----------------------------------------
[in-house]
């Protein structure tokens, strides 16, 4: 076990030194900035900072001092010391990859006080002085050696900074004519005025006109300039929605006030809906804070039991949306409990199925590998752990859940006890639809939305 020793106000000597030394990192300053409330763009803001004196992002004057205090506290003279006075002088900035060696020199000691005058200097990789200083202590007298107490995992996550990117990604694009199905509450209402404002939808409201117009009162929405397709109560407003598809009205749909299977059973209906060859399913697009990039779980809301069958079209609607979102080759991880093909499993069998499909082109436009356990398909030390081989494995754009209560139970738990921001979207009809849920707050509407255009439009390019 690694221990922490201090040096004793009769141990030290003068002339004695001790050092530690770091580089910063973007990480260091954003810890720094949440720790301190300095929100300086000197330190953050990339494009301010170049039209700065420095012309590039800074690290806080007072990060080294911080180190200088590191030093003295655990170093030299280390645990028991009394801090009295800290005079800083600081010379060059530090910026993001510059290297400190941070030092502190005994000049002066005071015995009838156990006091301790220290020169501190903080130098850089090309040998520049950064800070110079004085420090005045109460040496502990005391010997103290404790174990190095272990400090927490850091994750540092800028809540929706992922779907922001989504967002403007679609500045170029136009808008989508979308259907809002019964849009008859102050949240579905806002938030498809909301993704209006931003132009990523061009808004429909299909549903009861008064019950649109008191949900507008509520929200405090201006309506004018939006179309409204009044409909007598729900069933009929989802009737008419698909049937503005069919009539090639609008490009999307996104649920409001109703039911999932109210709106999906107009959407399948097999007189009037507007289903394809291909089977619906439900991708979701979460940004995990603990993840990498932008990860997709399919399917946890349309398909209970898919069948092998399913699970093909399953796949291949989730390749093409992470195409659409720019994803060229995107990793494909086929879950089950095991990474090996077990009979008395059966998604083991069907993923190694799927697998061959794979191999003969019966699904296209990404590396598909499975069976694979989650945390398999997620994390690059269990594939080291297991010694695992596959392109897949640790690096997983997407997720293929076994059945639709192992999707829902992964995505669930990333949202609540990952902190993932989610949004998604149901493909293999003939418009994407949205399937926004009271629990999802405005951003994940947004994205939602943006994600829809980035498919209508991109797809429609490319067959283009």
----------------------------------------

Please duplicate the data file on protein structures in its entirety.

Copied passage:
[in-house]
């Protein structure tokens, strides 16, 4: 076990030194900035900072001092010391990859006080002085050696900074004519005025006109300039929605006030809906804070039991949306409990199925590998752990859940006890639809939305 020793106000000597030394990192300053409330763009803001004196992002004057205090506290003279006075002088900035060696020199000691005058200097990789200083202590007298107490995992996550990117990604694009199905509450209402404002939808409201117009009162929405397709109560407003598809009205749909299977059973209906060859399913697009990039779980809301069958079209609607979102080759991880093909499993069998499909082109436009356990398909030390081989494995754009209560139970738990921001979207009809849920707050509407255009439009390019 690694221990922490201090040096004793009769141990030290003068002339004695001790050092530690770091580089910063973007990480260091954003810890720094949440720790301190300095929100300086000197330190953050990339494009301010170049039209700065420095012309590039800074690290806080007072990060080294911080180190200088590191030093003295655990170093030299280390645990028991009394801090009295800290005079800083600081010379060059530090910026993001510059290297400190941070030092502190005994000049002066005071015995009838156990006091301790220290020169501190903080130098850089090309040998520049950064800070110079004085420090005045109460040496502990005391010997103290404790174990190095272990400090927490850091994750540092800028809540929706992922779907922001989504967002403007679609500045170029136009808008989508979308259907809002019964849009008859102050949240579905806002938030498809909301993704209006931003132009990523061009808004429909299909549903009861008064019950649109008191949900507008509520929200405090201006309506004018939006179309409204009044409909007598729900069933009929989802009737008419698909049937503005069919009539090639609008490009999307996104649920409001109703039911999932109210709106999906107009959407399948097999007189009037507007289903394809291909089977619906439900991708979701979460940004995990603990993840990498932008990860997709399919399917946890349309398909209970898919069948092998399913699970093909399953796949291949989730390749093409992470195409659409720019994803060229995107990793494909086929879950089950095991990474090996077990009979008395059966998604083991069907993923190694799927697998061959794979191999003969019966699904296209990404590396598909499975069976694979989650945390398999997620994390690059269990594939080291297991010694695992596959392109897949640790690096997983997407997720293929076994059945639709192992999707829902992964995505669930990333949202609540990952902190993932989610949004998604149901493909293999003939418009994407949205399937926004009271629990999802405005951003994940947004994205939602943006994600829809980035498919209508991109797809429609490319067959283009």